Fixing Bugs in Kubernetes Website

So in this week’s open source adventures, I decided to tackle some bugs in the Kubernetes Website GitHub repository. This repository can be accessed here. So before I begin discussing the bug fixes that I made in this repository, I would like to highlight the reason I chose this repository specifically. If you have read one of my previous blog posts titled, “Kubernetes”, you will have already known that I am deeply fascinated in Kubernetes as well as other DevOps platforms. Due to this reason, I decided to tackle some bug fixes in Kubernetes regardless of what bug or what language it is in.

After exploring several repositories in Kubernetes, I noticed a trend of having several bugs that required intermediate to expert knowledge of the software/language in order to fix the bug, including the beginner bugs. I have started learning GO, which is the language used behind majority of Kubernetes architecture, as well as experimenting with the application on my own. What I came to realize is its an ongoing learning experience to which I need to build a foundation before I REALLY start to tackle bugs in the application.

Until that time comes, I decided to tackle simpler bugs such as in their website that can be seen here. The first bug fix that I made was to change some documentation that was necessary since it was causing confusion for other developers. My Pull Request can be accessed here. What the bug basically was is that the documentation previously stated that you would need to use the NodePort value provided by accessing your Service’s details, which is incorrect. As stated by the Dick Murray, a contributor to this repository, the NodePort value does not work in conjunction with your external IP address but instead the Port value does.

So the recommended fix was to change the documentation to reflect this. Below is the change on GitHub.

And below is the change on the actual website.

Onto the second bug fix! So for this bug fix, there was some header text that was hiding behind the main header and was only visible on the Safari browser. Although it could only be seen in the Safari browser, the text could still be searched on all browsers as shown below on Safari.

If you cannot make out the header text clearly from this picture, it can be seen clearer in the screenshot below.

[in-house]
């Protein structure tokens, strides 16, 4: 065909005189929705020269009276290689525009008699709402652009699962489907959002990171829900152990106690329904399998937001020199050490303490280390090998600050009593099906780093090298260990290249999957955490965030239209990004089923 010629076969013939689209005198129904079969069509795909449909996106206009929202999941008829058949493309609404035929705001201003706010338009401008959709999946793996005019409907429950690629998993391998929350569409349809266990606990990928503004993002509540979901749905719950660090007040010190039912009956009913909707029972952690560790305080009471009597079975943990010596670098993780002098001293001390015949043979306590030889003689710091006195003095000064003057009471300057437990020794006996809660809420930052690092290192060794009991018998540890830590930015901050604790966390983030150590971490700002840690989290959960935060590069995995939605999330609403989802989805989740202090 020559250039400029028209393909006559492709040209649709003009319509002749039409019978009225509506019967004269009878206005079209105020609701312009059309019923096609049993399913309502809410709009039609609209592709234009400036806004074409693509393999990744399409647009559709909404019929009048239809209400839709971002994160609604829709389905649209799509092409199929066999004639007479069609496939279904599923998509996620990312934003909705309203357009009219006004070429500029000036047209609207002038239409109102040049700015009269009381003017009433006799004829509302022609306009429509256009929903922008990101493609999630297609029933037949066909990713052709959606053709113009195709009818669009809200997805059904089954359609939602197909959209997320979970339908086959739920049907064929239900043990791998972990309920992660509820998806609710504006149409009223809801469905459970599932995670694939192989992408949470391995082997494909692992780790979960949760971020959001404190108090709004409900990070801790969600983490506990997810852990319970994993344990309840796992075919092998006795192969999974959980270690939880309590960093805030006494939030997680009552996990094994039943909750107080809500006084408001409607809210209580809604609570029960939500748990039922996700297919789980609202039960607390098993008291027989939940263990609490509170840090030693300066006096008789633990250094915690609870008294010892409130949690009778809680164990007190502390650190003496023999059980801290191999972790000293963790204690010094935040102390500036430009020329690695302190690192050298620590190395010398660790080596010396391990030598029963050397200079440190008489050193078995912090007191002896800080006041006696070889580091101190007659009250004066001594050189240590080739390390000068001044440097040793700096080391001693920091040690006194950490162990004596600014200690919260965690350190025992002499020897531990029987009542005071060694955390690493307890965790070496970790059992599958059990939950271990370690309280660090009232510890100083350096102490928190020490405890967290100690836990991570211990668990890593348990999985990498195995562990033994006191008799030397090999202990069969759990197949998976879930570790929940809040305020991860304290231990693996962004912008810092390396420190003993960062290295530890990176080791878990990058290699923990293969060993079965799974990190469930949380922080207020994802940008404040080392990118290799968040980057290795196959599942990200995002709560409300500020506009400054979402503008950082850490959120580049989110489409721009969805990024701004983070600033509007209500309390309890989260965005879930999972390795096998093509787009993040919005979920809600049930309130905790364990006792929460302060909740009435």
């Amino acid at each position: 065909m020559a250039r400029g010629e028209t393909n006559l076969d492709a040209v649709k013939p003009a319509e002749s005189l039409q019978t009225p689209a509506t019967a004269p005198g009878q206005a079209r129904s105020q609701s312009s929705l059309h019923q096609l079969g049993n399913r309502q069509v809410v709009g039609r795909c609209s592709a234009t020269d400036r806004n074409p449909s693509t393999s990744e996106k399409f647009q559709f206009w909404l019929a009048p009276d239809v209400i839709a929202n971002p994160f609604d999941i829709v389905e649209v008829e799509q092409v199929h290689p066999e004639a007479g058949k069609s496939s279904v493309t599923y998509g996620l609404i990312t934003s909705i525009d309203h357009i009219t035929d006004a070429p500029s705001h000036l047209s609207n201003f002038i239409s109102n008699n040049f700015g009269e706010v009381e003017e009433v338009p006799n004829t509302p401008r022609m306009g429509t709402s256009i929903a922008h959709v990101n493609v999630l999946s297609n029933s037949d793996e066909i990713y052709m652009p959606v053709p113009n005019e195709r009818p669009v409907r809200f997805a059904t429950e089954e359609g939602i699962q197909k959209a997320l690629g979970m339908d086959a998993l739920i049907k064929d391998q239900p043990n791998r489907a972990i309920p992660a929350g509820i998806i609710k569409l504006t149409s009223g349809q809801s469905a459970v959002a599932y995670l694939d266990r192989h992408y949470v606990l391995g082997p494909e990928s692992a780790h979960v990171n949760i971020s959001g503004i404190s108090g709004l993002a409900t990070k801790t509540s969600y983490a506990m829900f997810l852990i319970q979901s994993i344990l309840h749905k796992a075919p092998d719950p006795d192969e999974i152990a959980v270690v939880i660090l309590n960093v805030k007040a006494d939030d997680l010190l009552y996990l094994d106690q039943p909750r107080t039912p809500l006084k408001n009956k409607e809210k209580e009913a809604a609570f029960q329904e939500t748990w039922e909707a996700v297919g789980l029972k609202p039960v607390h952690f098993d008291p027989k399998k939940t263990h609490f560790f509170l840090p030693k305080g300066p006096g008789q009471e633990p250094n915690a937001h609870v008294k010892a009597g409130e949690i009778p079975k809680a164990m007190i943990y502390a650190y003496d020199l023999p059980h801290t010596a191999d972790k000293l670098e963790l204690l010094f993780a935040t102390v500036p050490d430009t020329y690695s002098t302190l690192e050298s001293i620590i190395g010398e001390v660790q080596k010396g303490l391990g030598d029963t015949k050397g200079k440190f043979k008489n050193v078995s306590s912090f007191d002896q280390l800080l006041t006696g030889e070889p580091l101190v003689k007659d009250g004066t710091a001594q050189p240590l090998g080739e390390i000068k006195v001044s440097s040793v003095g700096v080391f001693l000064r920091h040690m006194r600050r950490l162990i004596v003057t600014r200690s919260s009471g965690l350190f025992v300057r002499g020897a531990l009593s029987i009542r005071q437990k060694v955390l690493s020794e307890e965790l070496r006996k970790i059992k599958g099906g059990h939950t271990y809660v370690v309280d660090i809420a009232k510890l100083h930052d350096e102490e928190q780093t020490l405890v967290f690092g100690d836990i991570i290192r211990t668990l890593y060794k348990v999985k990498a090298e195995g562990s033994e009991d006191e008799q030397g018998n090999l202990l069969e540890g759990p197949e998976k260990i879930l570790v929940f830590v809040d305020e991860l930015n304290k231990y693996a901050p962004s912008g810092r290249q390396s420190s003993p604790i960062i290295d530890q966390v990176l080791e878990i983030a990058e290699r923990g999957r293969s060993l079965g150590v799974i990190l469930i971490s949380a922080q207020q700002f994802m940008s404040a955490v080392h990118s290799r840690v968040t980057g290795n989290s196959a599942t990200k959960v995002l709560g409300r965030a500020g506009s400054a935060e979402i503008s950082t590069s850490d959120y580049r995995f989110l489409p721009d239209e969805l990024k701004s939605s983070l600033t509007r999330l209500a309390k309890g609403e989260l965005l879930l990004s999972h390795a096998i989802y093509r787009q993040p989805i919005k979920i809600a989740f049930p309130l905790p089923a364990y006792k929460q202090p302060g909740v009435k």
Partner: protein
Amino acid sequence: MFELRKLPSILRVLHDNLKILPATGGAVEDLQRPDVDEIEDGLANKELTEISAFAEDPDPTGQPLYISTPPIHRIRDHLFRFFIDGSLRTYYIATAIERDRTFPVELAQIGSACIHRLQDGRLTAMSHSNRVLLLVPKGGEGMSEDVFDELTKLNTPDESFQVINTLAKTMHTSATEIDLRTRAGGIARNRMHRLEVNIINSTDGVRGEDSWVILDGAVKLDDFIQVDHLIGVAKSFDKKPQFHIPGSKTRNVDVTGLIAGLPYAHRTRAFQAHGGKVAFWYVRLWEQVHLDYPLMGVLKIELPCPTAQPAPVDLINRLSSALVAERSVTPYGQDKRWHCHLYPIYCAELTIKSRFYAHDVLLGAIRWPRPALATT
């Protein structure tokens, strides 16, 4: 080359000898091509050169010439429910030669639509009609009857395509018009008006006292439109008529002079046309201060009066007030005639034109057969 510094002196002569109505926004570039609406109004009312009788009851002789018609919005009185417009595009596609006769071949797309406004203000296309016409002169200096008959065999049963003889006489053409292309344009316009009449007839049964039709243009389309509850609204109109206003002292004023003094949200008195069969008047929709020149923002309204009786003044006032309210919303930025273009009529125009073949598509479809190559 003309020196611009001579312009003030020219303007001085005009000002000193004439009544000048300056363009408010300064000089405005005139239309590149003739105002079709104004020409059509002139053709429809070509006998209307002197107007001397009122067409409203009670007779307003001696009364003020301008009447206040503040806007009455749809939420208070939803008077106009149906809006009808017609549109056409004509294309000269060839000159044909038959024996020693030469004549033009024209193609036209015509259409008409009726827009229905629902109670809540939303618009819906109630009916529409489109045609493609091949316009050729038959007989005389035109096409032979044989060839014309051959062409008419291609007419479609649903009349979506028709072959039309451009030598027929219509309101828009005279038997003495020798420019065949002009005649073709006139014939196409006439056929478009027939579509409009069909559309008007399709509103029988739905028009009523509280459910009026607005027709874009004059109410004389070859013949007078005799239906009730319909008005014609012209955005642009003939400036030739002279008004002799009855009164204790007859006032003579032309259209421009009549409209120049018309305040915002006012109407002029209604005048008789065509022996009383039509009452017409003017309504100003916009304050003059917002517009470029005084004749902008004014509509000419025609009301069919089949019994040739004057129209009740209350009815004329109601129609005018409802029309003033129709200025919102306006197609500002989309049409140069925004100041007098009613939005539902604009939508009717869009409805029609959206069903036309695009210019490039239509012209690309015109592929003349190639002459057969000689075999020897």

Although it isn’t necessarily bothering anyone, it is still a bug that requires cleaning up. So I first had to pinpoint the exact file that this code exists in, but thankfully this was done for me by Zachary Sarah. So the recommendation by Zachary, was to simply remove this navigation bar since it isn’t useful anyways. I made my Pull Request and it has successfully been merged. The changes can be seen below.

This was a fix that was gladly accepted by the developers in this repository as indicated by Brad Topol.

In conclusion, I am absolutely excited to have finally dipped by toes in the water of Kubernetes after several weeks of my open source adventures. This is definitely only the beginning and I am ecstatic to continue fixing bugs in this repository as well as others that Kubernetes has. Not only is the idea of fixing bugs rewarding, but I finally feel like I am making an impact with my developing compared to the other school projects I’ve done. I am beyond thankful for all the lessons I have obtained from my open source professor David Humphrey, and will not put his teachings to waste! Open Source has thought me to think bigger than ever before and that is something that everyone is seeking in all aspects of life.

Once again I do look forward to many more open source adventures and this is the mark of many more to come! See you in my next adventure!

Software Developer with a passion for Mobile Application Development, Machine Learning, and DevOps.

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